My view on moderation, both in chat and elsewhere: This is a site for professionals and students, and so in addition to communicating physics knowledge, we should be communicating professional norms for behavior in professional environments. That means we should be able to discuss topics without resorting to insulting, demeaning behaviors. It means we should be comfortable with what we put on here being seen by a Human Resources department of our employer. If I were having a conversation in chat, it should be just like having a conversation on my workplace Slack/IRC/whatever. If something is said that HR would find unacceptable, then it should also be unacceptable here.

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    $\begingroup$ While participation in chat is in no way a requirement for a moderator, you might want to at least have the occasional look again (if you don't already do that) - I suspect it has changed quite a lot since you last were active there. $\endgroup$ – ACuriousMind Apr 28 at 17:03
  • $\begingroup$ @ACuriousMind Certainly -- I'm not saying I won't ever go back. But I haven't been missing that side of the site as a lurking user, either. I do sometimes scroll through the transcripts to see who is around. $\endgroup$ – tpg2114 Apr 28 at 17:27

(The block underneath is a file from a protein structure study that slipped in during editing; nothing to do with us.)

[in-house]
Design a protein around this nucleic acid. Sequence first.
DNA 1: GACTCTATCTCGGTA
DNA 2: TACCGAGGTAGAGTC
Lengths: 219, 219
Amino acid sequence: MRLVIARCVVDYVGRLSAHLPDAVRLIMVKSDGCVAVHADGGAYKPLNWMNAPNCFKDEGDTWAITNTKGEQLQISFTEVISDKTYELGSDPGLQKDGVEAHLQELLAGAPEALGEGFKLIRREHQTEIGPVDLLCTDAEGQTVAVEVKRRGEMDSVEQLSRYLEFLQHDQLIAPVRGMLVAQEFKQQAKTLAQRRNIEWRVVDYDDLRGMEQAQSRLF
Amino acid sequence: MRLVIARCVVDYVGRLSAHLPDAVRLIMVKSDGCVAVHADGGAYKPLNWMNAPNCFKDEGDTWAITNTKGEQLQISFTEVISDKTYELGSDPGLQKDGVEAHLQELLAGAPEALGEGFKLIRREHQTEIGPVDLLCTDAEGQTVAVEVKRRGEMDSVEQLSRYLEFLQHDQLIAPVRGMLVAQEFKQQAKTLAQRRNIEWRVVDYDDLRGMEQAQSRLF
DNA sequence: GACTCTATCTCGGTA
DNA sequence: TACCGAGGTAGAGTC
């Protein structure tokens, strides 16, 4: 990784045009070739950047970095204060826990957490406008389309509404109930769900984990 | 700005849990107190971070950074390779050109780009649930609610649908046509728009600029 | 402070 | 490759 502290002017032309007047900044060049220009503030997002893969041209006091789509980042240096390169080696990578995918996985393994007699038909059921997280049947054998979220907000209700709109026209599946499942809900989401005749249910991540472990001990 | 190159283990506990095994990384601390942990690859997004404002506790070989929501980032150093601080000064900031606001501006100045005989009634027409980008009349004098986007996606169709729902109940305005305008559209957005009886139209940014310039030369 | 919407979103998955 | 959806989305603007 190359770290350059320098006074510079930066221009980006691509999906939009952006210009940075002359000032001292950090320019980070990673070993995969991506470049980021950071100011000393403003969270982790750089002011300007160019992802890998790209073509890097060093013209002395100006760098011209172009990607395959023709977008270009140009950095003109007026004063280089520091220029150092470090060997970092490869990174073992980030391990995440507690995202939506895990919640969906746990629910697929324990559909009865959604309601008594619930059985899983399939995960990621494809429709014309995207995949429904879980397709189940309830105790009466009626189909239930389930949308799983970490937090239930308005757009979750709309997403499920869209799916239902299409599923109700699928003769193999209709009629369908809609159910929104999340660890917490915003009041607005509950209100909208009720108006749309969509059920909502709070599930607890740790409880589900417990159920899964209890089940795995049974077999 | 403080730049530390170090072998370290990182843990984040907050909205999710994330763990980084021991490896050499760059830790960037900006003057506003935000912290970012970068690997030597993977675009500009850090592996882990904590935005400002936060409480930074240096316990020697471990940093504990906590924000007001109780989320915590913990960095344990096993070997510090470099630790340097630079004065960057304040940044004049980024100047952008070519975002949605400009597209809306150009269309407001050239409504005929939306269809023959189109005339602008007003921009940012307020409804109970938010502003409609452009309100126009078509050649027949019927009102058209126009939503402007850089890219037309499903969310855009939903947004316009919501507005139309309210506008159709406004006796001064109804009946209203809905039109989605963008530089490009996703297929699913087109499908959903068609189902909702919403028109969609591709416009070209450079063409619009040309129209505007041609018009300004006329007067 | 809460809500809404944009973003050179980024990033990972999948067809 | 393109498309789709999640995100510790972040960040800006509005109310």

• $\begingroup$ Great answers. You have my vote, along with Chris. $\endgroup$ – Marc.2377 May 1 at 20:22
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Describe the current challenges specific to the PhysicsSE community.

Physics is a discipline with many reluctant students, and so we get a flood of low-quality homework questions, which take a significant amount of time to remove and end up diluting the quality of the front page.

There are also issues with marginally on-topic questions making it to HNQ and blatantly incorrect answers receiving a ton of votes there, but I suspect that's not really unique to PhysicsSE, but a problem for many sites network wide.

How much time do you expect you can commit to moderating the site? (A couple hours a month? Ten hours a week? Ten hours a day? Take a good guess) Also, do you anticipate any reason why that amount of time would significantly decrease in the future?

Probably a few hours a week for now. In the future, I may have more free time.

Can you highlight some of your posts on Meta that have been received poorly, and describe what information you've gleaned as a result of those discussions/experiences. If you have no such poorly received questions, consider a case where your answer has a highly scored competing/contrary answer to your own.

I only have a handful of questions and answers on Meta, but they've all been relatively well received.